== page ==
Thursday, September 25, 2014

Operation P.E.D.S. focuses on bikes, pedestrian safety

Kudos to law enforcement for its continuing bike/ped safety awareness campaign.  A special thanks to News-Press for their extensive coverage, and to BWL's Dan Moser for being part of this effort.

News-Press, Sept. 25, 2014

By Michael Braun, 

The rules of the road — and sidewalks and bike lanes — were promoted and highlighted for bicyclists, pedestrians and motorists in Fort Myers Beach on Wednesday as the Florida Highway Patrol began the third quarterly wave of Operation P.E.D.S

The FHP, along with the Lee County Sheriff's Office, began handing out safety equipment and literature promoting safety as part of the Pedestrian Education and Developing Safety operation.
"We're targeting areas in Lee County where there are problems. Typical areas where there are bike and pedestrian crashes," said Lt. Greg Bueno, a spokesman for the FHP.

The FHP said the following roadways have the highest concentration of pedestrian and bicyclist crashes in Lee County: U.S. 41, Palm Beach Boulevard, Lee Boulevard, Estero Boulevard and Bayshore Road.
 Click on the article to see the video.Operation P.E.D.S. promotes bike and pedestrian safety in Fort Myers Beach. Video by Michael Braun. The majority of crashes occurred during the afternoon on Wednesdays, he said. The FHP will continue to conduct this type of pedestrian/bicycle safety detail on a quarterly basis.Bueno said that during 2013, 491 pedestrians and bicyclist were involved in crashes within Lee County. Of those, 355 were injured and 25 lost their lives. The purpose of Wednesday's detail was to decrease the amount of injuries and deaths through a series of highly concentrated education and enforcement details in areas prone to pedestrian and bicyclist involved crashes "So far in 2014 we've had 11 combined deaths. We're doing better," Bueno said. "We do this quarterly. We'll target Lehigh Acres in December."
During the operation on Wednesday, FHP and LCSO officers fanned out along Estero Boulevard stopping bicyclists and pedestrians to distribute safety gear such as bike lights and bells, backpacks, reflector bracelets and literature.

James Carickhoff of Fort Myers Beach stopped by the town hall and chatted with FHP Sgt. Duane Cooper and LCSO motorcycle officer Sgt. Dan Leffin.

"This is my lucky day," Carickhoff said. "I like getting something instead of having to pay."
Leffin lauded Carickhoff's riding capabilities as well as his safety acumen. "You're being safe, riding with the traffic," he said.

More than a dozen pedestrians and bicyclists stopped to listen to officers and accept safety items soon after the operation began around 1 p.m.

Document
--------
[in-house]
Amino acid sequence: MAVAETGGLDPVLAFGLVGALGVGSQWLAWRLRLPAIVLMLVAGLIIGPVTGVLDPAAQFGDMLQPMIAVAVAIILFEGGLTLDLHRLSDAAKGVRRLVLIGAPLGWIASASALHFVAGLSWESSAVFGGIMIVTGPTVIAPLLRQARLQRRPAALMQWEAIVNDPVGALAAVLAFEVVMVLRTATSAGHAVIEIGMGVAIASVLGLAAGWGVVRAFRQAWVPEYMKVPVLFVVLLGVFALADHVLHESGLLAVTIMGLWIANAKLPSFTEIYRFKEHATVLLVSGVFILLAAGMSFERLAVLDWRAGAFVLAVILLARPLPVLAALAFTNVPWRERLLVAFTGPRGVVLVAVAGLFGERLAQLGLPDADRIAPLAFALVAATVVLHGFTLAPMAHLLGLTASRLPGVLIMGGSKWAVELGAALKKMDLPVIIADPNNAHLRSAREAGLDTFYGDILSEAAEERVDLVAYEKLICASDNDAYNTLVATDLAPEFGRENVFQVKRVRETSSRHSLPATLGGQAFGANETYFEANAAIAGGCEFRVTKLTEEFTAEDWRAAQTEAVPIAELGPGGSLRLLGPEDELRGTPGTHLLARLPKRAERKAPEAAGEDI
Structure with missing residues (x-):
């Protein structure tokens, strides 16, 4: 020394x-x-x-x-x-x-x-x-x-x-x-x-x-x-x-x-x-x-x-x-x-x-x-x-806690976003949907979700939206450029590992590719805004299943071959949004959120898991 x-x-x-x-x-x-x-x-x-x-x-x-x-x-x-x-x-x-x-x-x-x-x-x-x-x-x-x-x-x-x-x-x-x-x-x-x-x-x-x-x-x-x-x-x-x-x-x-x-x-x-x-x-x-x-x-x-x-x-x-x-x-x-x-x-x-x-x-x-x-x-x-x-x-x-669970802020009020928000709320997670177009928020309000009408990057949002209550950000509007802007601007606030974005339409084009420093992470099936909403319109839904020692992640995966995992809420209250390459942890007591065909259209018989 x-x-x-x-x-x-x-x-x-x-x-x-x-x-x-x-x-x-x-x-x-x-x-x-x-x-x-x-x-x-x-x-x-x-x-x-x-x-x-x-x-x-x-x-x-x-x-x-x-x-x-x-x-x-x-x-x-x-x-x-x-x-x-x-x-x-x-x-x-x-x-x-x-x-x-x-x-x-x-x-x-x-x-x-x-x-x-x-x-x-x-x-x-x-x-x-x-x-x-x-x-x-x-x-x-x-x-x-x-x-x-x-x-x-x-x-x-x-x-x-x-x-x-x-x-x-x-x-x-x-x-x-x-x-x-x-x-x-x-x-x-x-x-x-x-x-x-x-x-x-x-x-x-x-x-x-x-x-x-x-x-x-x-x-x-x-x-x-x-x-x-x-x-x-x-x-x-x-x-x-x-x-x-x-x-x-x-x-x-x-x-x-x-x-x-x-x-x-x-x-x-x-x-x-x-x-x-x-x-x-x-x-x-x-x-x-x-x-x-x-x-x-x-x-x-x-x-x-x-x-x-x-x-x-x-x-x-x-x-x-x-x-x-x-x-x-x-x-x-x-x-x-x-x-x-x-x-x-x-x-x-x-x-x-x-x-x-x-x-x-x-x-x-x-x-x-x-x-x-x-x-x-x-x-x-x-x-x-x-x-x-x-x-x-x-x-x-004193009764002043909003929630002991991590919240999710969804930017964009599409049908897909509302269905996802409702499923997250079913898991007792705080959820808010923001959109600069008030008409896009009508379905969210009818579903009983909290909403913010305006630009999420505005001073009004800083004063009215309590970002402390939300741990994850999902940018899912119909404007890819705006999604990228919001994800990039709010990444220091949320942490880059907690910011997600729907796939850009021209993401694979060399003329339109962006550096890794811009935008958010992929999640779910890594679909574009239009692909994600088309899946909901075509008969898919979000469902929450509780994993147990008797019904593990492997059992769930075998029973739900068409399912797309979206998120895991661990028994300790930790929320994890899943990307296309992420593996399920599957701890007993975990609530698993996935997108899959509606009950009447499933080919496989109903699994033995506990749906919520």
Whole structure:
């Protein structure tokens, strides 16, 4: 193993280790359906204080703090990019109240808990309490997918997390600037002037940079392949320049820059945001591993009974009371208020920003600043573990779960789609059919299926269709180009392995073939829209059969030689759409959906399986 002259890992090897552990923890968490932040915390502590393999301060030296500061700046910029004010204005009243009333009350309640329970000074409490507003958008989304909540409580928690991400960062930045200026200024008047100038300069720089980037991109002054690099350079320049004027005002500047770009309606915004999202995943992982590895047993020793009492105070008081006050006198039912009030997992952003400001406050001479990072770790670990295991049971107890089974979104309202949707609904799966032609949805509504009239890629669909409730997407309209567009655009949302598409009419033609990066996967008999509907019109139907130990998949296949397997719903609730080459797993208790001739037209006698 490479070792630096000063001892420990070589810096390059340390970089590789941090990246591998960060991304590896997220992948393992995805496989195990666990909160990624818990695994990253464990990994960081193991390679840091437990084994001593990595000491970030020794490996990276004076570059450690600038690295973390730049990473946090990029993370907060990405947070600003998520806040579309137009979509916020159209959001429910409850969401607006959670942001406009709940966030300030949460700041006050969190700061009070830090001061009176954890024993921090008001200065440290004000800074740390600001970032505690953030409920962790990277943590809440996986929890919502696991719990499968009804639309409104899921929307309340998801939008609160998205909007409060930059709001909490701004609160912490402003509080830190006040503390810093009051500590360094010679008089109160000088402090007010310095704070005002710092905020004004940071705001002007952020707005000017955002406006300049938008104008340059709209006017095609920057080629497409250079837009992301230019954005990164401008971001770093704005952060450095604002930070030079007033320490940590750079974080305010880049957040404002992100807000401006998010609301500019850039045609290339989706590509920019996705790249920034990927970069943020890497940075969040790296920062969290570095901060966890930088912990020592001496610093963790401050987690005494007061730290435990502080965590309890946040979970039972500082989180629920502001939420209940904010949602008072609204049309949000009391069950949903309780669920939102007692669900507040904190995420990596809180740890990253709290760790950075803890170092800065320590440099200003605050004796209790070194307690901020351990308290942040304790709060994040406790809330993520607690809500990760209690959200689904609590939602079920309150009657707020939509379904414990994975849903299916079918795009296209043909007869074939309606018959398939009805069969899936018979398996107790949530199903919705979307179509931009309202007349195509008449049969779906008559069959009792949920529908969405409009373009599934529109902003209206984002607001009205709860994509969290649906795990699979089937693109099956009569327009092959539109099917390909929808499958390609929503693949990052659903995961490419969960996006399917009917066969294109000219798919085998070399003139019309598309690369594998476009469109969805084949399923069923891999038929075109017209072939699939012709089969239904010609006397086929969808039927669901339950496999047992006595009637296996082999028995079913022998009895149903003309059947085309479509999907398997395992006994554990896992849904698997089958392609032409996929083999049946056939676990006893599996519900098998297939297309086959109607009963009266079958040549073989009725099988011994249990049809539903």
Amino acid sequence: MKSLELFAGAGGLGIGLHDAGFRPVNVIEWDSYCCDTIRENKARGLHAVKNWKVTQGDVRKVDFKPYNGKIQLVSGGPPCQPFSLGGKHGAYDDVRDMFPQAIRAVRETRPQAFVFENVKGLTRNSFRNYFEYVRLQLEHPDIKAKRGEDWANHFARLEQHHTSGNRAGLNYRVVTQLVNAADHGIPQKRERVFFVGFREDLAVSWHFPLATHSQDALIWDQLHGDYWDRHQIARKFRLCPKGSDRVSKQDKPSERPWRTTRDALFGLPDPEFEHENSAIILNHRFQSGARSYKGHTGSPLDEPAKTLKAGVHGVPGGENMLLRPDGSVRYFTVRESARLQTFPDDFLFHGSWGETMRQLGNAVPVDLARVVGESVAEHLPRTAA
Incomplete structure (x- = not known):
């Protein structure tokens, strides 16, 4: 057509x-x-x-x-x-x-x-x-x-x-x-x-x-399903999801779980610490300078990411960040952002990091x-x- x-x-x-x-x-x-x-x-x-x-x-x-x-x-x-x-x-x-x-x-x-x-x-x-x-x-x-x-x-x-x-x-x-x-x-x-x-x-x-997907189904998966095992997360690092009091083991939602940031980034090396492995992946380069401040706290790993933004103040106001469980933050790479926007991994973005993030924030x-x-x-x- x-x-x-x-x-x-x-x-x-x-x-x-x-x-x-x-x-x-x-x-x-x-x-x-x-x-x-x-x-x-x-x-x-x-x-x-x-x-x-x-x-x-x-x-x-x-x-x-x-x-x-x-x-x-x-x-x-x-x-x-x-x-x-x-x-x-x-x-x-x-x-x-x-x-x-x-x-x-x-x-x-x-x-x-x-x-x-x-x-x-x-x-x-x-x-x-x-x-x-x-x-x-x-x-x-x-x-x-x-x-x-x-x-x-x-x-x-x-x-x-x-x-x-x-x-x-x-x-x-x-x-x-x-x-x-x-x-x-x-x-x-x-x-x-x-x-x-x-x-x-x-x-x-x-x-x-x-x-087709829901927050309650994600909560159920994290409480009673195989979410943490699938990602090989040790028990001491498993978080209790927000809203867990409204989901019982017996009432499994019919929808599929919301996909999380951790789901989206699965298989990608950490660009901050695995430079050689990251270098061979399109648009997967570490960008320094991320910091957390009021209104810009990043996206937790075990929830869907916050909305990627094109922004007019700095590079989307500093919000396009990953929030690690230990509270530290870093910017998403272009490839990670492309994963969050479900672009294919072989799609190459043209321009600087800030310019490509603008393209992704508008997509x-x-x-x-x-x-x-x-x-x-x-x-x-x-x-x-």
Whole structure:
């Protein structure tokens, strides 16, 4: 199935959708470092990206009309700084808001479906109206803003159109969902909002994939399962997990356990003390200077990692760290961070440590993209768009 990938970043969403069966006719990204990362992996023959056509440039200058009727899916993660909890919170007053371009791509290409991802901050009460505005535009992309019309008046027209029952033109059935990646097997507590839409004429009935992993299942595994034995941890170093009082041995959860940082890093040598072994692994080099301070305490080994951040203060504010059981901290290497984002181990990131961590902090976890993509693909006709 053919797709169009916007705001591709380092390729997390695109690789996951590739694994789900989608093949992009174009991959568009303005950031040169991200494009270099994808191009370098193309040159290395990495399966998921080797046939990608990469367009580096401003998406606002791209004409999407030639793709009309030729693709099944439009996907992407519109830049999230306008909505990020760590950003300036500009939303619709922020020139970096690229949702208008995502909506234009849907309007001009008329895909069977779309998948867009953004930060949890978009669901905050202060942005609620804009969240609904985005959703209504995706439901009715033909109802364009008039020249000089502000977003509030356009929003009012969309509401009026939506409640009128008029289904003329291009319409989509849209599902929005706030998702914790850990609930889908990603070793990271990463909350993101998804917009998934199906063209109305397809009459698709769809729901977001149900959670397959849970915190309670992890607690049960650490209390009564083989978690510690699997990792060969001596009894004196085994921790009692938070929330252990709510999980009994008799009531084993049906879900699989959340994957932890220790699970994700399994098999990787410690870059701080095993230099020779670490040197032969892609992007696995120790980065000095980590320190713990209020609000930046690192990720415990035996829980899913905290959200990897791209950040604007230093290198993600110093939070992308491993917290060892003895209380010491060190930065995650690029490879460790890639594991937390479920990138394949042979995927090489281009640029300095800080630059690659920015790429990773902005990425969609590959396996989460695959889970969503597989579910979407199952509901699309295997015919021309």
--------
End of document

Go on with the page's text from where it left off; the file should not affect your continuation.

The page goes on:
Dan Moser, a Lee County EMS and traffic safety consultant, rode his bicycle and handed out 15 bike lights and bike safety literature to help during the event.

"I love this. I look to make sure its not heavy-handed and have found it to be fair and pretty even-handed," Moser said of the FHP-LCSO effort.

Others who got the full safety treatment said they make an effort to ensure their own safety while riding.

"I'm always safe," said Will Hadden, a beach resident. " ... In Florida, many people don't know that bicyclists have to abide by vehicle laws."

Safety Tips for Pedestrians
•Use Designated Walking Areas Whenever Possible Walk on sidewalks and in crosswalks whenever possible. Pay attention to walk signals and keep a safe distance when standing on street corners.

•Be Sure to Be Seen Be careful of blind spots when walking near or around a vehicle. Assume the driver does not see you.

•Proceed with Caution when crossing intersections and streets.

•Stand Out Wear bright or reflective clothing, especially when walking in the dark. Carry a flashlight, too, for added protection.

•Look Out for Wide Loads Keep your distance when walking around large trucks carrying wide loads because the driver may not see you.

Sharing the Roadway as a Vehicle:
• Every driver of a vehicle shall exercise due care to avoid colliding with any pedestrian or bicycle.

• The driver of a vehicle at an intersection that has a traffic control signal shall stop at the marked stop line or if none before entering crosswalk.

• The driver of a vehicle overtaking a bicycle or other non-motorized vehicle must pass…. at a safe distance of not less than 3 feet between the vehicle and the bicycle or other non-motorized vehicle.

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